It may have been noted that the aesthetic and artistic qualities of the novels have scarcely been considered in this essay. At certain levels of reading, such qualities are irrelevant, and there are good reasons for not including aesthetic evaluations of texts in assessments of their ethnographic qualities. Now Shakespeare is thought of as being no more typically English than Ibsen is typically Norwegian, and the main point about Cervantes is not that he was Spanish. Likewise, Naipaul is unlike Mittelholzer and Lovelace not considered a typical West Indian author. His topic is no less than the human condition, while the others paint vivid scenes of urban Trinidad and leave the issues there at the particular, the local. It could be said, therefore, that the ethnographic value of a novel is independent of its aesthetic qualities. A poor novel may be just as interesting for its ethnographic raw material as a work of genius.

On the other hand, novels which embody hermeneutic critiques of their authors' societies contain statements which may be comparable to anthropological statements. As these readings of three Trinidadian novels show, there are three levels of reading which are immediately relevant to ethnographic endeavour.

First, novels may serve as ethnographic sources and may to this effect rank with informants' statements. At this level, the author whether he is a Mittelholzer or a Naipaul more or less unwittingly reveals aspects of his society. As Bakhtin and many others have reminded us, the author is a prisoner of his own time. The author, known through the novel, is here seen as the production of a society.

Second, novels may be read as ethnographic descriptions; that is, the information conveyed may be taken more or less at its face value, as a kind of ethnographic documentation.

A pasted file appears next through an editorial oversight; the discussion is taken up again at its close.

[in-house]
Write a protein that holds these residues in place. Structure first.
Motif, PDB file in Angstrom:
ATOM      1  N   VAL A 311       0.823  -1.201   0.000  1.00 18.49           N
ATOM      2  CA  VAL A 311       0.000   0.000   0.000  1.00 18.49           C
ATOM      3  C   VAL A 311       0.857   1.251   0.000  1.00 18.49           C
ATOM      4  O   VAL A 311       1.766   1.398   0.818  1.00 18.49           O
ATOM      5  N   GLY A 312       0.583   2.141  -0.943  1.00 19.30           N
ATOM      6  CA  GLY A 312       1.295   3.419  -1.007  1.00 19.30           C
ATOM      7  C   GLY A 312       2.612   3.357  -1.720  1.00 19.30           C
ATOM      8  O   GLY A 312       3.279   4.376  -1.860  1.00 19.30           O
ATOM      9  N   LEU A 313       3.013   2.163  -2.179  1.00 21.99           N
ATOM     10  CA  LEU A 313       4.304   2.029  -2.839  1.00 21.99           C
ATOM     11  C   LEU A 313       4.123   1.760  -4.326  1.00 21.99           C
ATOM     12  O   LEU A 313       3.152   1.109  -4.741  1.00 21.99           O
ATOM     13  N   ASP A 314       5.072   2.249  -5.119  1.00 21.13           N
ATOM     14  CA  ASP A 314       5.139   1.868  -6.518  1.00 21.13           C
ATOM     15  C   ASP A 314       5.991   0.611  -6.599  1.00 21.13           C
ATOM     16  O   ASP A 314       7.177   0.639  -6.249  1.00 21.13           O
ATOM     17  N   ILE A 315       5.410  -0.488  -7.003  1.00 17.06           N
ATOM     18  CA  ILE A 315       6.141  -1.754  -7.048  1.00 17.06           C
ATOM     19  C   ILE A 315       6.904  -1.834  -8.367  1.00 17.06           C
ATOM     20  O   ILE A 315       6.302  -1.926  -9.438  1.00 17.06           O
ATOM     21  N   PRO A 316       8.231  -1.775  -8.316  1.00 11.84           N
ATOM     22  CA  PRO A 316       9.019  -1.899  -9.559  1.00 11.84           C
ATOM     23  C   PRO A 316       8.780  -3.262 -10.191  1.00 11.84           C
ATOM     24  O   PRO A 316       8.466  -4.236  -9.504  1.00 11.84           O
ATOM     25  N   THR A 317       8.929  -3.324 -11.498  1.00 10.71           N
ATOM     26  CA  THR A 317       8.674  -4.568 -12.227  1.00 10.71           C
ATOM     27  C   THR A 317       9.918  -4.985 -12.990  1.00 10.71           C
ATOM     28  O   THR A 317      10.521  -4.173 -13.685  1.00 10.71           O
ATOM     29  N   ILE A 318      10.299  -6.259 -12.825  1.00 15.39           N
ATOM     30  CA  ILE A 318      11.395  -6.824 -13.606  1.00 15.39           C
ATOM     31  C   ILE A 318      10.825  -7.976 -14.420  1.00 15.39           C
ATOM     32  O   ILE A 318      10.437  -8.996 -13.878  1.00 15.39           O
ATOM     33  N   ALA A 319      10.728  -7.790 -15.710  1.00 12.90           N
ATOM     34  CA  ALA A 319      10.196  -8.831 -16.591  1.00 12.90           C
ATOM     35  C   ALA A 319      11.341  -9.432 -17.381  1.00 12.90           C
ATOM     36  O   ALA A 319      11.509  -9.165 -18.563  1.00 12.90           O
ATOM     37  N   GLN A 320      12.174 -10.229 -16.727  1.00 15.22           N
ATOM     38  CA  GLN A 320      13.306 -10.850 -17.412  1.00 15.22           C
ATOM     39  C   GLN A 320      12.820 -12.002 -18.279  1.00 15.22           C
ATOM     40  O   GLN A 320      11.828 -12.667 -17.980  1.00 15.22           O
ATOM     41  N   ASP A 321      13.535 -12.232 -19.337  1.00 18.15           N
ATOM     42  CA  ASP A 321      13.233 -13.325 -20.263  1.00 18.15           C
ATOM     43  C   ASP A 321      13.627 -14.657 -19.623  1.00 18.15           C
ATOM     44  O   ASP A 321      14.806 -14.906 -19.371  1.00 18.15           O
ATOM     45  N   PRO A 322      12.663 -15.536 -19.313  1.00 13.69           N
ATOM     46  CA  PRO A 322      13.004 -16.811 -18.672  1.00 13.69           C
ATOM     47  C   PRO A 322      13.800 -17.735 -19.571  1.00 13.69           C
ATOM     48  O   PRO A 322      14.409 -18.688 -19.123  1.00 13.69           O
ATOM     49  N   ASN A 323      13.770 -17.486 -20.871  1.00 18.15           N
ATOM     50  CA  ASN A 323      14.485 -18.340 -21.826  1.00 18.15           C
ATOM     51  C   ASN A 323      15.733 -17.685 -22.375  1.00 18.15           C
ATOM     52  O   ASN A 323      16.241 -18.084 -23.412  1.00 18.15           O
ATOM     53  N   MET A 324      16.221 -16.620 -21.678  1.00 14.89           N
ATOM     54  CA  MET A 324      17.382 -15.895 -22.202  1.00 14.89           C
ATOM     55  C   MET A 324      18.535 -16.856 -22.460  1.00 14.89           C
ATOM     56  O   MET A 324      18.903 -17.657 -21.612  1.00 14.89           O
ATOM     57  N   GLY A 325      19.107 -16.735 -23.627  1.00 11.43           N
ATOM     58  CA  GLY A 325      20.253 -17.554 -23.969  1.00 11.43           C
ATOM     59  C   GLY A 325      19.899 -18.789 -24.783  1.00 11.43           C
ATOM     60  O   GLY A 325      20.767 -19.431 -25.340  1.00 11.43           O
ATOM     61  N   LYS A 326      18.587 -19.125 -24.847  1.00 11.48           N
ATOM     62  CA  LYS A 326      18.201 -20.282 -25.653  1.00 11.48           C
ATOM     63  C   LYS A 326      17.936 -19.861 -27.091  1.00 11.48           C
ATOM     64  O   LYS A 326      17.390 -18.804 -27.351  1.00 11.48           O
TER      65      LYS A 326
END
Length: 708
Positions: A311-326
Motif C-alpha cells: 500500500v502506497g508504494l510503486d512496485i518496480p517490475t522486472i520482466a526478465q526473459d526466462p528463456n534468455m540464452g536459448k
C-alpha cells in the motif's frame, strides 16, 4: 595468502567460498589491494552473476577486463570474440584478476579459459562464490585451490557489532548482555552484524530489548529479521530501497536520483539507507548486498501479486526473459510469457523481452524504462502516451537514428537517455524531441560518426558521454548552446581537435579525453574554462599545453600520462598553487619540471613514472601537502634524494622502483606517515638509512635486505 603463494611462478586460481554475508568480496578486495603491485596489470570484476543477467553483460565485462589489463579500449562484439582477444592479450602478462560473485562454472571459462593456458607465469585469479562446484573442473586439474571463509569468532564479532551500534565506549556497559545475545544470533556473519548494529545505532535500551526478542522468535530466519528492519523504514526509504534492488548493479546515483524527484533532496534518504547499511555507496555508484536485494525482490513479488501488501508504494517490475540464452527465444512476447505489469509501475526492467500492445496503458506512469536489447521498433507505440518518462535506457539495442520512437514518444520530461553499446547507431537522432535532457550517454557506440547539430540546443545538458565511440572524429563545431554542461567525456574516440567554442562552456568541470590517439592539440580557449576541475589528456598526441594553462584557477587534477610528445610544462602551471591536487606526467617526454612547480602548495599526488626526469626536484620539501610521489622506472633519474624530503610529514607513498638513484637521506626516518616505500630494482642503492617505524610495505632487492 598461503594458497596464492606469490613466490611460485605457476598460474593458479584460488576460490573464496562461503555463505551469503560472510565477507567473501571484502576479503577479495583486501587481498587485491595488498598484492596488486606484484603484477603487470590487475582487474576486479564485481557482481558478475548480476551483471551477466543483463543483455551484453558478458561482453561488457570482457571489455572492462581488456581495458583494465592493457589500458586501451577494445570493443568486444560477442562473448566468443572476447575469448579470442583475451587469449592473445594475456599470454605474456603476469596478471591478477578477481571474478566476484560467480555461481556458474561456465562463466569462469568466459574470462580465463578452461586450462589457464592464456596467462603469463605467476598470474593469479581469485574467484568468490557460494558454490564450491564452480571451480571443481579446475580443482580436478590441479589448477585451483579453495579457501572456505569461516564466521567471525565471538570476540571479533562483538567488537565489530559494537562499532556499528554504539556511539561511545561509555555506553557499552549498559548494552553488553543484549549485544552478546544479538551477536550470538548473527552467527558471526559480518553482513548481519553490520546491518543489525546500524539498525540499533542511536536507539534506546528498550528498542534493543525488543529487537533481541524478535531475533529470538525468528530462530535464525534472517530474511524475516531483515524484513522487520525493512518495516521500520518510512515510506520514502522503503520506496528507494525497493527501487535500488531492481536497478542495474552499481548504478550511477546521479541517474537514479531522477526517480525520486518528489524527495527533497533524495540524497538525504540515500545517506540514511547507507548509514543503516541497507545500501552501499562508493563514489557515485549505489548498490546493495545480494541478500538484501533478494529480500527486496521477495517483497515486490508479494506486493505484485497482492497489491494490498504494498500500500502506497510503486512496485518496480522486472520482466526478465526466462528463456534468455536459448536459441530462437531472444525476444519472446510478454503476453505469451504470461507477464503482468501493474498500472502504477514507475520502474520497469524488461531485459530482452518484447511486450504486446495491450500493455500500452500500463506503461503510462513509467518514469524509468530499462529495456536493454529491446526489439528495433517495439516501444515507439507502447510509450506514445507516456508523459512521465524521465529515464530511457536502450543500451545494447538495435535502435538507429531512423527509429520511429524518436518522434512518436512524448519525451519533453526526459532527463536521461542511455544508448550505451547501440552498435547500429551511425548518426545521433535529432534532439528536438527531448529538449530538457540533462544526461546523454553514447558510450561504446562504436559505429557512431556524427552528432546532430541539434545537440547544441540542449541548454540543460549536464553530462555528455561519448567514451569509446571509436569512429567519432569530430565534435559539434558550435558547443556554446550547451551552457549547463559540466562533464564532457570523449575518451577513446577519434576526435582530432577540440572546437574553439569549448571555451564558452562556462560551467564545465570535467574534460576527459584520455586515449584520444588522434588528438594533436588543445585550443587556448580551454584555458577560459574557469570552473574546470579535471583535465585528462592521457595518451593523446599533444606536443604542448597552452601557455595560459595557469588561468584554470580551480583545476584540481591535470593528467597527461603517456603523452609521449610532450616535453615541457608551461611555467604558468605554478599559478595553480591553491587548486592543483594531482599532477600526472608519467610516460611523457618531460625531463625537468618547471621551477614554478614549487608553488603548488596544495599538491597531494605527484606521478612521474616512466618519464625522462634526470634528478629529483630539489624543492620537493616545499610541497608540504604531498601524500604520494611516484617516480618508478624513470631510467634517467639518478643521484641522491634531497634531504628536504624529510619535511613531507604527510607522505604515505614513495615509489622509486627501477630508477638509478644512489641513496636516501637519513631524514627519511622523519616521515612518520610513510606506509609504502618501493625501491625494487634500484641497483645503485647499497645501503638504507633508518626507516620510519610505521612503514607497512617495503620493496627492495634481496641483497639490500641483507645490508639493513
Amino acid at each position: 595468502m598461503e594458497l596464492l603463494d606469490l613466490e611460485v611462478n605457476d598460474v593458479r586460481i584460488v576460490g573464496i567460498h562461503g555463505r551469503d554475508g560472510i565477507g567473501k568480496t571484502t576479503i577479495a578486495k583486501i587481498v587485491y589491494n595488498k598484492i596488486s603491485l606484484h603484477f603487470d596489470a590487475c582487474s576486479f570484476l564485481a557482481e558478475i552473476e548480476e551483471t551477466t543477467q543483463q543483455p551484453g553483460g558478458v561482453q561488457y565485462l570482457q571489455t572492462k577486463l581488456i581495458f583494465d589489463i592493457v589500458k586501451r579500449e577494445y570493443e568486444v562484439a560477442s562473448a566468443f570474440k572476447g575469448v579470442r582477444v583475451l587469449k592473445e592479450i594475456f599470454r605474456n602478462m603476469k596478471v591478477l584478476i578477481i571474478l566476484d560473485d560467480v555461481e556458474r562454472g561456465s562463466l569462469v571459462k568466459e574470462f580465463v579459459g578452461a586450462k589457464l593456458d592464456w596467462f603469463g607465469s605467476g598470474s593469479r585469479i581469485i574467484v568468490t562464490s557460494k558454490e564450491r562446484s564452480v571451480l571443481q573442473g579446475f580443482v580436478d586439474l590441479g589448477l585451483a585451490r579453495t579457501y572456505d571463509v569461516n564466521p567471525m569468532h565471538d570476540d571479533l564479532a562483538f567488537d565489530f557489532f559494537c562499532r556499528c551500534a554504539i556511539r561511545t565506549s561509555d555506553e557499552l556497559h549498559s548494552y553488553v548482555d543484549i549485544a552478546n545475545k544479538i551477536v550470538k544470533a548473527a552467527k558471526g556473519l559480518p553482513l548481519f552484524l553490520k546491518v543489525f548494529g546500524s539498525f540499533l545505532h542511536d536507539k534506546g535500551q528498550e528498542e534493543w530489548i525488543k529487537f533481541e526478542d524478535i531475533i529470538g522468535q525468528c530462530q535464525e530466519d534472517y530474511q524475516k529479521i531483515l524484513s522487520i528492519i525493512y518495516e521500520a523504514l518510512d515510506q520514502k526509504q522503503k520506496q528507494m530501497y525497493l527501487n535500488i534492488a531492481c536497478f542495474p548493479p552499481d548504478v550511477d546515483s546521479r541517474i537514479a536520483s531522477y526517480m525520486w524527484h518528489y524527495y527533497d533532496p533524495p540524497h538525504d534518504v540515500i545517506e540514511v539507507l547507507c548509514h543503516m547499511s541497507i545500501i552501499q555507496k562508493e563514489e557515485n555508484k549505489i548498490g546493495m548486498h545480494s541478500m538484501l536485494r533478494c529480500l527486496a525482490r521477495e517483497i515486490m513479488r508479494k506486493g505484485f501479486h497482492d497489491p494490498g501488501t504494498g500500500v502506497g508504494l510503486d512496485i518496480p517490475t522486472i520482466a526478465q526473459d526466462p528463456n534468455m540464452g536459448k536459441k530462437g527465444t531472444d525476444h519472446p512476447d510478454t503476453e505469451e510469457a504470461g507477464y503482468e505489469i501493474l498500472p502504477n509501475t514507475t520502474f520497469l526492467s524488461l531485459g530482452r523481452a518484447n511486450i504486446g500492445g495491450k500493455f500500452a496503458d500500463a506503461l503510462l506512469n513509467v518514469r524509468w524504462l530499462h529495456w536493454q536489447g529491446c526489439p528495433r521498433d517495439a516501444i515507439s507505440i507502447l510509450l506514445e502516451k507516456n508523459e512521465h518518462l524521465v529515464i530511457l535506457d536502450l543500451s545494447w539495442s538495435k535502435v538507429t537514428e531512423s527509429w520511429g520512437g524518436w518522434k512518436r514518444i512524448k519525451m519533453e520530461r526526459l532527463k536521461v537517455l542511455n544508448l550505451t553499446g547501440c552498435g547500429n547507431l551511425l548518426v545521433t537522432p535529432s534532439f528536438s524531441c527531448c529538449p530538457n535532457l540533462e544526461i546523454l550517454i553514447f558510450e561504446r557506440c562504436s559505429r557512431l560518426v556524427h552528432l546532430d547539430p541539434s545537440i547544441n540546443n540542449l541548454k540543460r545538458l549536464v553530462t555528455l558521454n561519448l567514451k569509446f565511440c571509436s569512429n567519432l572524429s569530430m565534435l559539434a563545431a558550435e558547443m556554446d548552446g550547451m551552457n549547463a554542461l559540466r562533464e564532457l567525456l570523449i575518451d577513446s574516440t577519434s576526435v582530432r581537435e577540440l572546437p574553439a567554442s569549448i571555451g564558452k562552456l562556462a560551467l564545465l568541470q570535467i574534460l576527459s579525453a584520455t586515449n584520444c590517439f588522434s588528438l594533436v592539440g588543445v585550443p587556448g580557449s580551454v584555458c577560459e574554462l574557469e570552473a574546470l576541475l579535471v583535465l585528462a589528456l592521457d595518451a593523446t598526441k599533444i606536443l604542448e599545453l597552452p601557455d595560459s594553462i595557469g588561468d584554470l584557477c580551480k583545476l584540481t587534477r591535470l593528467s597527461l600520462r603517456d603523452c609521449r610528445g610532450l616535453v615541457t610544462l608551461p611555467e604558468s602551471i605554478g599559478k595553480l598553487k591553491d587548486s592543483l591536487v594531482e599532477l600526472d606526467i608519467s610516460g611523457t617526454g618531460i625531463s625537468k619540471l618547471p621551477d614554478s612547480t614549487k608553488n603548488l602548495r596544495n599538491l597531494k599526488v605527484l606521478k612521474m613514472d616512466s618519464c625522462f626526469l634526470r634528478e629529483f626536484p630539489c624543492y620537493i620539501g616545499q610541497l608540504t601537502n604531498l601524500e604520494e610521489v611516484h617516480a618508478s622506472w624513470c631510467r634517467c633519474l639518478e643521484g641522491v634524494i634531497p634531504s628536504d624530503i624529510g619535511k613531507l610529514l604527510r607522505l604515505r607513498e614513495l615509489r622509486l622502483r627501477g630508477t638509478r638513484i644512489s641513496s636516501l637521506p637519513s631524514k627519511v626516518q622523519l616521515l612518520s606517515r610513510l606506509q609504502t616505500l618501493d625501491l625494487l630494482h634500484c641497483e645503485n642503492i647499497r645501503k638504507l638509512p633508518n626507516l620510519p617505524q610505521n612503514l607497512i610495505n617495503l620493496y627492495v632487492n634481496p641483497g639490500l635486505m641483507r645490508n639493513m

Third, some novels may profitably be read as theoretical anthropology. These books embody a cultural analysis and reflexive critique of the author's society. The most outstanding West Indian example known to me is Naipaul's The Mimic Men (Naipaul 1967), which is a devastating and controversial diagnosis of the inhibiting doxic structures presumably guiding the uprooted Caribbean peoples in their lives. The author's perspective here can sensibly be dealt with in a theoretical way, but it cannot be argued against in so far as the text is a novel.

Novels also form part of reflexive socio-cultural reality and to this effect are part and parcel of that society within which they were written. Lovelace's novel, in particular, had the explicit aim of being read by many Trinidadians in order that it might contribute to the definition of Trinidadian national identity and politics. In considering this aspect of fiction, we enter the sociology of literature, where texts are seen as the products of society and where the relevant readings of these texts will be those of the members of that society, not our own. Anthropological studies of societies where reading is widespread should not ignore the direct cultural and social effects of texts or of other forms of "cultural consumption", for that matter.


Anthropology and fiction

The respective relationships between the text and social reality postulated by anthropology and fiction differ, although one cannot offhand say that one of the genres represents society better than the other. An anthropologically relevant difference is that one cannot argue with a novel in the same way as one can argue with an anthropological work. The novelist can always retort that he or she has made everything up, and his or her analysis is rarely unambiguous and fully explicated.